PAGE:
Kids Play Rwanda Coaches
The Kids Play Rwanda (KPR) team is made up of seven men and seven women. Specifically recruited to be caring adult role models, Eight of these Coaches are local school teachers across our three partner schools, which helps to seamlessly embed ownership and programming into village life.
Kids Play Rwanda Players
In 2021, Kids Play Rwanda had 200 Let’s Play Fair players per season, on average. Of these players, genders ranged from 50-60 percent girls and 40-50 percent boys. The players participated in 162 sessions and over 324 hours of programming.
“Since joining KPI, my son has taught me how to respect others, cooperate with others, share opinions with others and the importance of focusing on the bright future of my kids.” – Nkzinizaza, father of Khimwe
“Sometimes girls must take risks to get the same opportunity as boys. We need to create a safe environment for girls and women to take risks. KPI is a safe place to practice taking risks.” – KPI participant
KPI has been working in Gatagara, Rwanda since 2012. Each year, participation and impact increases exponentially. While the majority of programming targets girls and boys, we also engage with parents, caregivers, teachers, local leaders and other custodians of behavioral norms.
- 45 young women received monthly menstrual sanitary pads and over 2000 menstrual health products were distributed
- 17 players were selected as Youth Leaders in Development (YLD) for 2019 programming preparation
- 151 players and students received health insurance coverage
- 75-80 students were given free school lunches throughout the year
Only through such holistic, long-term community engagement can we achieve true gender equity for the next generation of Rwandan girls and boys.
Kids Play Rwanda Programming
Kids Play International has been working in one such rural community, Gatagara, since 2012. Here, in addition to the typical poverty related challenges, girls contend with pervasive gender inequality that permeates all facets of their daily lives. Impeded by negative gender stereotypes, rigid domestic responsibilities and cultural expectations, girls and women lack access to education, reproductive health care, and participation in the country’s growing economic system.
Shifting such deep-seeded norms requires sustained commitment and interaction. Recognizing that there are no shortcuts to behavior change, KPI has elected to work deeply within a single rural community over an extended period of time. Youth from partner schools Kaganza, Mwanabiri and Nyarotovu enter the program at age seven and stay engaged through age eighteen, when they “graduate.” This unique, long-term, and deep interaction has proven to advance leadership skills and build sustainable gender equitable behaviors in participants and the broader community.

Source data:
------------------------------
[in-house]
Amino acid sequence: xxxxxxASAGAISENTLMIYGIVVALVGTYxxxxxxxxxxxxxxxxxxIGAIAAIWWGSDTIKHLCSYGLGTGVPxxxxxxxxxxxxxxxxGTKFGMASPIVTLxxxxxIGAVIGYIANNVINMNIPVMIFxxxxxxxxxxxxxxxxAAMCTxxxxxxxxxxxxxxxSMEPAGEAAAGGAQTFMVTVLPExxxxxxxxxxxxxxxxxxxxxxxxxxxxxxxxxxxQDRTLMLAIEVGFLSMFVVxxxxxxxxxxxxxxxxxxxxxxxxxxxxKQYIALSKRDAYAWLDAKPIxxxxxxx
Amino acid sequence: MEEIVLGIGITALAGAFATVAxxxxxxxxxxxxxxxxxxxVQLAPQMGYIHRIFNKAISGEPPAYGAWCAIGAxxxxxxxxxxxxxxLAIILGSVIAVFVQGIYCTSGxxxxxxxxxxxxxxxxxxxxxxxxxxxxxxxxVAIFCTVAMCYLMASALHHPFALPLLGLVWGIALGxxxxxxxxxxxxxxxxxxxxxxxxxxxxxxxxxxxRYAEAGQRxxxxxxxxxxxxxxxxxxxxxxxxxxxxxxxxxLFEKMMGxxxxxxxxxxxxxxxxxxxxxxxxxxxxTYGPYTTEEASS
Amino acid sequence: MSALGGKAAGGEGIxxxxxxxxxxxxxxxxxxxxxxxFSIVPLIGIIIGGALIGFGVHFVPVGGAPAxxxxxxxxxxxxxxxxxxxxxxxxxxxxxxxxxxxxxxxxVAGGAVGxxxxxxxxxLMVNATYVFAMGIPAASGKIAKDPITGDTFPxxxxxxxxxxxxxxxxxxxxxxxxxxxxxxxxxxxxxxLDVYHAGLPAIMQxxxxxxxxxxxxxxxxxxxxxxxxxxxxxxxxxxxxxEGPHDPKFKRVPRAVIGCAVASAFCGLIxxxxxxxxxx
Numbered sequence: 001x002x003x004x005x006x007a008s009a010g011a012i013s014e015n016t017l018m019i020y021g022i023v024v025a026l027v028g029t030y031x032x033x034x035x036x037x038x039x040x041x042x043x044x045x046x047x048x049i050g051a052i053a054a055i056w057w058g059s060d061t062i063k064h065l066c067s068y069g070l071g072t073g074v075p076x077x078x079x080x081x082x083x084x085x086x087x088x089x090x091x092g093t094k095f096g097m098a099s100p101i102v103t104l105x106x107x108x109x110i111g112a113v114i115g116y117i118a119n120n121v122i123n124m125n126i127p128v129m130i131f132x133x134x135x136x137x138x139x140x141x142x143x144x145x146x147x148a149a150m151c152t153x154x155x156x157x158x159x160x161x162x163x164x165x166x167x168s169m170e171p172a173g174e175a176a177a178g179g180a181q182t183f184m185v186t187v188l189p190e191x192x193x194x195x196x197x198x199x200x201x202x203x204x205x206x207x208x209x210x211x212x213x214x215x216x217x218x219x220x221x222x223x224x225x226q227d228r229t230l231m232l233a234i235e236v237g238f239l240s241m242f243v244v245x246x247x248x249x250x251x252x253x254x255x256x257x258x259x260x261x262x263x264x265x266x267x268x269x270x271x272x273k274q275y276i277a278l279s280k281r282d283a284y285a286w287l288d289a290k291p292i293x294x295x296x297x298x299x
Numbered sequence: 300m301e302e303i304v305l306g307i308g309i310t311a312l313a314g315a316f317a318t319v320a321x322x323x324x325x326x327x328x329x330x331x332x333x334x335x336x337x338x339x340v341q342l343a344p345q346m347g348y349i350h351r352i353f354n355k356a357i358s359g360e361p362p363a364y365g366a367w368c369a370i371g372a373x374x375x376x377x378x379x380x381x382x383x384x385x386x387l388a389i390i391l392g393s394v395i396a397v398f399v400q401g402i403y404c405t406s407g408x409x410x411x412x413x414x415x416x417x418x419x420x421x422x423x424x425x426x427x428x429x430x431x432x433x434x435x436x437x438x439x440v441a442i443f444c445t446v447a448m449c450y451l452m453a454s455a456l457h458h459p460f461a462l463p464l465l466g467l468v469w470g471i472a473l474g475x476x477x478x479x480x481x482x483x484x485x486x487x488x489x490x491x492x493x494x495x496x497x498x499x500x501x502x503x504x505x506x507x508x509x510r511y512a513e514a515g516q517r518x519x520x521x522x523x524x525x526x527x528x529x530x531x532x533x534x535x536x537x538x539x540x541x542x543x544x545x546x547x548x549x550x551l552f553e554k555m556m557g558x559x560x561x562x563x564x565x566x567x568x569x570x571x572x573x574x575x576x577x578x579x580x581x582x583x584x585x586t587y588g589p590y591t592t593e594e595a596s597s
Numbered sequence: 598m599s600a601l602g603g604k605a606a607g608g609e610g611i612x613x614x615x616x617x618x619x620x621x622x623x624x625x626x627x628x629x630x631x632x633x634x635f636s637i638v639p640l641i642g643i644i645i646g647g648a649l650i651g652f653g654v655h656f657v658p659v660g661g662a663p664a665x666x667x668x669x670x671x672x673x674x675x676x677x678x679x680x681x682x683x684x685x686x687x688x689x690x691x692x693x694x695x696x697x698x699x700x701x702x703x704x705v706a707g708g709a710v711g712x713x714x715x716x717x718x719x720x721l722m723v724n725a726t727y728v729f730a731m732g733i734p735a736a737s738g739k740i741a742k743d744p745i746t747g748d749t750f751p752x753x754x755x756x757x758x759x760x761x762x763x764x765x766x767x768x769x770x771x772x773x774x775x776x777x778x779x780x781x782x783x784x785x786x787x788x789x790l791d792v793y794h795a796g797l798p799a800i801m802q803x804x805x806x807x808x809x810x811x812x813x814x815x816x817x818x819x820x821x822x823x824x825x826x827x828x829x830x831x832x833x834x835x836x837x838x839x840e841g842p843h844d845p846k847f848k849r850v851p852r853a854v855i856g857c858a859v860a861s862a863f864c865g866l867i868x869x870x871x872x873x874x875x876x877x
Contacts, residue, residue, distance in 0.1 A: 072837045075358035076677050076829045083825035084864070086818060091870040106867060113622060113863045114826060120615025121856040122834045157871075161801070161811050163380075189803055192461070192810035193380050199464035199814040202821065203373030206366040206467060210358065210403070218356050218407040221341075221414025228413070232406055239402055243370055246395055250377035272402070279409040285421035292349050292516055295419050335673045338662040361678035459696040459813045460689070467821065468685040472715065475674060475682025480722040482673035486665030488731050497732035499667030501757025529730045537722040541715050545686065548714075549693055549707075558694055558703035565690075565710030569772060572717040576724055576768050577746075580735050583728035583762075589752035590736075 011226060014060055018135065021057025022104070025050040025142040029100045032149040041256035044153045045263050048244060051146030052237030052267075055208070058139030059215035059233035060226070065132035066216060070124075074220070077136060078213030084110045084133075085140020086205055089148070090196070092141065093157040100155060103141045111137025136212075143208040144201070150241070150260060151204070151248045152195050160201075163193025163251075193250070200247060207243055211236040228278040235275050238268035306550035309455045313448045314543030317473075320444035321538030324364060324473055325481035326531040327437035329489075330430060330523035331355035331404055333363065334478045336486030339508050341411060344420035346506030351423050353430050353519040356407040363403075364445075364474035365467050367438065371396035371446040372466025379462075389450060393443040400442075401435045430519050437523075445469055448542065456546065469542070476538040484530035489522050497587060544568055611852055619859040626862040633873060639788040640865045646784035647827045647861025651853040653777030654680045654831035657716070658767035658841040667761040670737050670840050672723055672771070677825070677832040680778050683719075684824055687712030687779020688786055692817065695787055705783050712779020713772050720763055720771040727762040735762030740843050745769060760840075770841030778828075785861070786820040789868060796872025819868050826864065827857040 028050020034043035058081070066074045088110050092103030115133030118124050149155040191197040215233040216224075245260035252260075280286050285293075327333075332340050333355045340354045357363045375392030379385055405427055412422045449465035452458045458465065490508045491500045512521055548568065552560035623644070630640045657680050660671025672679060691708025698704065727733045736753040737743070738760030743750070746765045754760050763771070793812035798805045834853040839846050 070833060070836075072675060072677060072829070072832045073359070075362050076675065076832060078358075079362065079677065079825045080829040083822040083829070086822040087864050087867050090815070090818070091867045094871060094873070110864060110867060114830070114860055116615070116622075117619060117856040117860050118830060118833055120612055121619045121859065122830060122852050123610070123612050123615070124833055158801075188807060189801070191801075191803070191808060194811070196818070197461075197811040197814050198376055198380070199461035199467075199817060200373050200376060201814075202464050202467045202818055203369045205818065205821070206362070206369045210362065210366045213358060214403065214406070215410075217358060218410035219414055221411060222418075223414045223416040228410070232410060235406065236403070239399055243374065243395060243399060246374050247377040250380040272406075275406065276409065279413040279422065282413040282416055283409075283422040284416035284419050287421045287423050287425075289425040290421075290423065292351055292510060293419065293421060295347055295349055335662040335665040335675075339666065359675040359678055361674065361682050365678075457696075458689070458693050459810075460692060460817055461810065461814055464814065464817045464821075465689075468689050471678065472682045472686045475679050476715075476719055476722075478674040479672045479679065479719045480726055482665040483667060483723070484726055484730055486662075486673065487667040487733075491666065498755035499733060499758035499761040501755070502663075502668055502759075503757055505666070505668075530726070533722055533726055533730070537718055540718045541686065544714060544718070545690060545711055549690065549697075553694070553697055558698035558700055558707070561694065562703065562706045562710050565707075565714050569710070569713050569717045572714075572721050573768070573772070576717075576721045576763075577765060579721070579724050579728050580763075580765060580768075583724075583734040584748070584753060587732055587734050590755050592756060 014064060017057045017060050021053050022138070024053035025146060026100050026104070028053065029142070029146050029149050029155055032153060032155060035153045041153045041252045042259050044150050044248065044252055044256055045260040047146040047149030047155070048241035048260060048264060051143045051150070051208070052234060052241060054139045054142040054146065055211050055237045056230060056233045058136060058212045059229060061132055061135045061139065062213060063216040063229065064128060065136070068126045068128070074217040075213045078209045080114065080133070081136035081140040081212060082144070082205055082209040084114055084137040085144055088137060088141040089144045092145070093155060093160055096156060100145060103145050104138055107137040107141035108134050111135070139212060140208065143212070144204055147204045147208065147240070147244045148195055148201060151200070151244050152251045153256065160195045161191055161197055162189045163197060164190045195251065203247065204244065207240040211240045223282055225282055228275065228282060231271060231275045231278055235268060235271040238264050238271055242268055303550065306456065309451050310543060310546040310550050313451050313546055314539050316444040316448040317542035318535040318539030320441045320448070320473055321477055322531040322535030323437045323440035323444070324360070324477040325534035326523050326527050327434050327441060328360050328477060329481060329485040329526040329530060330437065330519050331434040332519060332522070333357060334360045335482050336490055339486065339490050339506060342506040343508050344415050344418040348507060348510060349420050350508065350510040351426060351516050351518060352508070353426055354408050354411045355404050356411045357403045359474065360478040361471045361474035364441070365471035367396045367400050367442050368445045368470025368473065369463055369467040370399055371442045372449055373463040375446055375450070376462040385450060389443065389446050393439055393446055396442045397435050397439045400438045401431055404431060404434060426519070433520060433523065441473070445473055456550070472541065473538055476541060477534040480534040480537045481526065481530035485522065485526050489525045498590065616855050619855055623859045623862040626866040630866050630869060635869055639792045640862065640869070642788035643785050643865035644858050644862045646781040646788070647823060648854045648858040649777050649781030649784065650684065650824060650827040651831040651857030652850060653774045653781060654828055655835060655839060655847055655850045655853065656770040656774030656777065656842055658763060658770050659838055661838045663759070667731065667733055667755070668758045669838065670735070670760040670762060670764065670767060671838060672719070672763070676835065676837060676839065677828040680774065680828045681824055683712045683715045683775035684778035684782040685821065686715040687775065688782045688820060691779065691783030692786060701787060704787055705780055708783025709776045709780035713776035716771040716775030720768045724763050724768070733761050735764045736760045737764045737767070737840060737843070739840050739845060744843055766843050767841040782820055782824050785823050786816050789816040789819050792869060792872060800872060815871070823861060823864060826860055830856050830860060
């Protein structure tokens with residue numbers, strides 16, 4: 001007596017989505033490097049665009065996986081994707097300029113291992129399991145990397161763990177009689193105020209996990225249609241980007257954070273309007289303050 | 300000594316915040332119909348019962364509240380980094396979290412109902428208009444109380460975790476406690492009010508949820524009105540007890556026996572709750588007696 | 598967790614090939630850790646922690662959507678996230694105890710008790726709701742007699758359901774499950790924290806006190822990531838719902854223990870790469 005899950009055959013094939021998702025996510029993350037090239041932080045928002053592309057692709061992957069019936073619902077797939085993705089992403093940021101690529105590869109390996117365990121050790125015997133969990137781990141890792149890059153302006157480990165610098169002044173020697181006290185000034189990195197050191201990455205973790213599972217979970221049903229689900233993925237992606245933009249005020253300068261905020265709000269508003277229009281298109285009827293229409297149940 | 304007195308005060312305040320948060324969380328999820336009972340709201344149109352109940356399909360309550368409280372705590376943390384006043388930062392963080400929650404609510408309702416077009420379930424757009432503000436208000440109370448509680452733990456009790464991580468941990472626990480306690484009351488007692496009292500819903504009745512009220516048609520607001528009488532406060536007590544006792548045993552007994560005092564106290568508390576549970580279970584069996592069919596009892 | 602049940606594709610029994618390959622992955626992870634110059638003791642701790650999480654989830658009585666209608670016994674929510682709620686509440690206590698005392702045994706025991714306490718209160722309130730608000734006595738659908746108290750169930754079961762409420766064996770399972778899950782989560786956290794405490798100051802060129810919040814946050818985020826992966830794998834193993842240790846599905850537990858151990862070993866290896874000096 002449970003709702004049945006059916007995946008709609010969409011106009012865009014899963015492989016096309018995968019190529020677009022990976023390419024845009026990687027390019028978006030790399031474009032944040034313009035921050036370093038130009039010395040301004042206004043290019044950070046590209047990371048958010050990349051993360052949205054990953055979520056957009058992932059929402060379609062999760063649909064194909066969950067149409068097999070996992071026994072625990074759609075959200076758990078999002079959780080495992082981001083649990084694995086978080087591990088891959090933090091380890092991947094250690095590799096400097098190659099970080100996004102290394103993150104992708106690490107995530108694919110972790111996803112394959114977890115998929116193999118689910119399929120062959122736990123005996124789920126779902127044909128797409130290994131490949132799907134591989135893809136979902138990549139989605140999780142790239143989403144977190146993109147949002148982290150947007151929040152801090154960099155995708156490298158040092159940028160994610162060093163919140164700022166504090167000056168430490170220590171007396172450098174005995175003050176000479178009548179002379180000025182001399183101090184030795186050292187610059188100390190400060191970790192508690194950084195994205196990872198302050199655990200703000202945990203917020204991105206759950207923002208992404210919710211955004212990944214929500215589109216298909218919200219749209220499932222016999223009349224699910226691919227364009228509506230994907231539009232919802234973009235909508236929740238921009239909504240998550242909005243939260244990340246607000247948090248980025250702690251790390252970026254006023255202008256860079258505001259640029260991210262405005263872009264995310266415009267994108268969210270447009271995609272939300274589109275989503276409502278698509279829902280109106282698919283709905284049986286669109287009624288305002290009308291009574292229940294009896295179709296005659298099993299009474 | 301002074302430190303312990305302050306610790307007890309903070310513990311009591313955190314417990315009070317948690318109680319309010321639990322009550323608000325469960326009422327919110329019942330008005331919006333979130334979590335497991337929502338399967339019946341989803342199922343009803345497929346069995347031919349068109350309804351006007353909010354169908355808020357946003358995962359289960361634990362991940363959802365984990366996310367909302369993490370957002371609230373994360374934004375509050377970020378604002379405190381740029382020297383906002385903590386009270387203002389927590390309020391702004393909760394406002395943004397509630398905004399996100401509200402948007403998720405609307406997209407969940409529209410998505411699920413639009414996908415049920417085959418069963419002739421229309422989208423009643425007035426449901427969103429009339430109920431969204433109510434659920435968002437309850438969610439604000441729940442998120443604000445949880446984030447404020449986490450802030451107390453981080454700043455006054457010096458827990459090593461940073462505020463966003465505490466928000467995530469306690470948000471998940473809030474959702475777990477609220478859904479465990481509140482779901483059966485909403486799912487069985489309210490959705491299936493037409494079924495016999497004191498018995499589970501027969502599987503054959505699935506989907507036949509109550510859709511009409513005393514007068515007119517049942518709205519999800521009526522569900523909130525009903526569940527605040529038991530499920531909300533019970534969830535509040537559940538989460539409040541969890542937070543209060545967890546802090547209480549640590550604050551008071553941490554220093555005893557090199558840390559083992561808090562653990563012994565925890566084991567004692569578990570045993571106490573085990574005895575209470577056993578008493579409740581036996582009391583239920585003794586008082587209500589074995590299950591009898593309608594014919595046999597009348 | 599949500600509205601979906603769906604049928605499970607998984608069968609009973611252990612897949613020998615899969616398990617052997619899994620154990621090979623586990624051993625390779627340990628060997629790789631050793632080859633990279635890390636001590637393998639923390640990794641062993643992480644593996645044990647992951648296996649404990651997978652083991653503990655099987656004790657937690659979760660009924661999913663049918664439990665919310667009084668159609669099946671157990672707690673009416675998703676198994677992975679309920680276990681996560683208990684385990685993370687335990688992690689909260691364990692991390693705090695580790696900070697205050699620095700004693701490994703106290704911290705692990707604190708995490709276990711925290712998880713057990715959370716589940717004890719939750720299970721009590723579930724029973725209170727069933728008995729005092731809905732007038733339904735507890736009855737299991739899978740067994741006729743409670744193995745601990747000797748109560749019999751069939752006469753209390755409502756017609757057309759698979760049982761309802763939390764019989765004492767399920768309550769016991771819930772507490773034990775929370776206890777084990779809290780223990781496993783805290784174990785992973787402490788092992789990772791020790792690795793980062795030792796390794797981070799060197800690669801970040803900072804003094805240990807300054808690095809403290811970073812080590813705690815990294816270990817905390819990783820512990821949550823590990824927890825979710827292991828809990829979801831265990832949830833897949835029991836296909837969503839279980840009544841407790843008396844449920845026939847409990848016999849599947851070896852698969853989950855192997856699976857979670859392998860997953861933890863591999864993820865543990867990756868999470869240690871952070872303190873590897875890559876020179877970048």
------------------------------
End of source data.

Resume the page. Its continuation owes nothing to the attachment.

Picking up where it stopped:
Let’s Play Fair: A weekly mixed gender program designed to promote inclusion/equity, through, applied learning sports activities, conversation and positive interaction based on our 5 Play Fair skills. Players/coaches spend time together in a microcosm of their community, interacting and learning from one another and when ready take what’s learned inside our program and share it outside; School, Home, Community.
All Girls United: A program for our 13-18 year old girls, that meet for monthly sessions and annual camps to provide additional space/time to delve deeper into key issues of sexual reproductive health, menstrual hygiene management, gender-based violence, negative gender stereotypes, financial literacy, education, and career planning. This program is necessary because girls’ health is often stigmatized and shamed, whereas boys’ health is not. Girls need a space to learn, grow and feel empowered.
Play Fair Community Day: Programming that happens every Sunday from 330-5pm. This gives our KPI youth an opportunity to share what they learned from that week’s program with those youth not in our program. – CD also includes special events that include educational sessions around Health/Hygiene, GBV, Importance of Education, etc. that all community members, especially parents are welcome to join in on.
Healthy at Home: This newly developed, parenting education program will utilize sport and play-based learning to help parents address mental and behavioural issues, while promoting parent-child communication and relationship building skills. Select joint parent-child sessions will create opportunities for practicing positive parenting behaviours.
Happy Hours: Weekly drop-in community “Happy Hour” sessions, create a forum for discussing social-emotional issues, past traumas, parenting challenges and accessing counselling services. These drop-in sessions will be open to the community and help us strengthen emotional support and serve as referral pathways to further support for members of the entire community.